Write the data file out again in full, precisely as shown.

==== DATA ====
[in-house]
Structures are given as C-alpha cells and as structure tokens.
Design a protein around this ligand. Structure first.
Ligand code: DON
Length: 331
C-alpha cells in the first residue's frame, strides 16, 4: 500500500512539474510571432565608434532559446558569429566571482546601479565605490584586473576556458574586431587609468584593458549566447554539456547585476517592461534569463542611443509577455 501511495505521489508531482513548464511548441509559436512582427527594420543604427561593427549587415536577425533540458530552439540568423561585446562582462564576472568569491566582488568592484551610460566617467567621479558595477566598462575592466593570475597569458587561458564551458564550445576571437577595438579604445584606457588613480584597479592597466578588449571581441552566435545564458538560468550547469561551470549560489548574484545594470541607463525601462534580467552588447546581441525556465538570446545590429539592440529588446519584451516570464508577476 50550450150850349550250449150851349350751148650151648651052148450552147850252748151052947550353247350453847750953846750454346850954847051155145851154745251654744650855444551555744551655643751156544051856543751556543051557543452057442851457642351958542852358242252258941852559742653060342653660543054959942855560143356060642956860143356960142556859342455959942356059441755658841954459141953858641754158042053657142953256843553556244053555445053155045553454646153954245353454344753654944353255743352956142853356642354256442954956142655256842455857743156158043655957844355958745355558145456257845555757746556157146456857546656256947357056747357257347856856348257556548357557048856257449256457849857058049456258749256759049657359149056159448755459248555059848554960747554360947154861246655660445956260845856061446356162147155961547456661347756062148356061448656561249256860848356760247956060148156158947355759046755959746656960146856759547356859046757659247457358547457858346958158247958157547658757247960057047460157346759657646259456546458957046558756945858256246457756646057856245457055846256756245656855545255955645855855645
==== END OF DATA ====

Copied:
[in-house]
Structures are given as C-alpha cells and as structure tokens.
Design a protein around this ligand. Structure first.
Ligand code: DON
Length: 331
C-alpha cells in the first residue's frame, strides 16, 4: 500500500512539474510571432565608434532559446558569429566571482546601479565605490584586473576556458574586431587609468584593458549566447554539456547585476517592461534569463542611443509577455 501511495505521489508531482513548464511548441509559436512582427527594420543604427561593427549587415536577425533540458530552439540568423561585446562582462564576472568569491566582488568592484551610460566617467567621479558595477566598462575592466593570475597569458587561458564551458564550445576571437577595438579604445584606457588613480584597479592597466578588449571581441552566435545564458538560468550547469561551470549560489548574484545594470541607463525601462534580467552588447546581441525556465538570446545590429539592440529588446519584451516570464508577476 50550450150850349550250449150851349350751148650151648651052148450552147850252748151052947550353247350453847750953846750454346850954847051155145851154745251654744650855444551555744551655643751156544051856543751556543051557543452057442851457642351958542852358242252258941852559742653060342653660543054959942855560143356060642956860143356960142556859342455959942356059441755658841954459141953858641754158042053657142953256843553556244053555445053155045553454646153954245353454344753654944353255743352956142853356642354256442954956142655256842455857743156158043655957844355958745355558145456257845555757746556157146456857546656256947357056747357257347856856348257556548357557048856257449256457849857058049456258749256759049657359149056159448755459248555059848554960747554360947154861246655660445956260845856061446356162147155961547456661347756062148356061448656561249256860848356760247956060148156158947355759046755959746656960146856759547356859046757659247457358547457858346958158247958157547658757247960057047460157346759657646259456546458957046558756945858256246457756646057856245457055846256756245656855545255955645855855645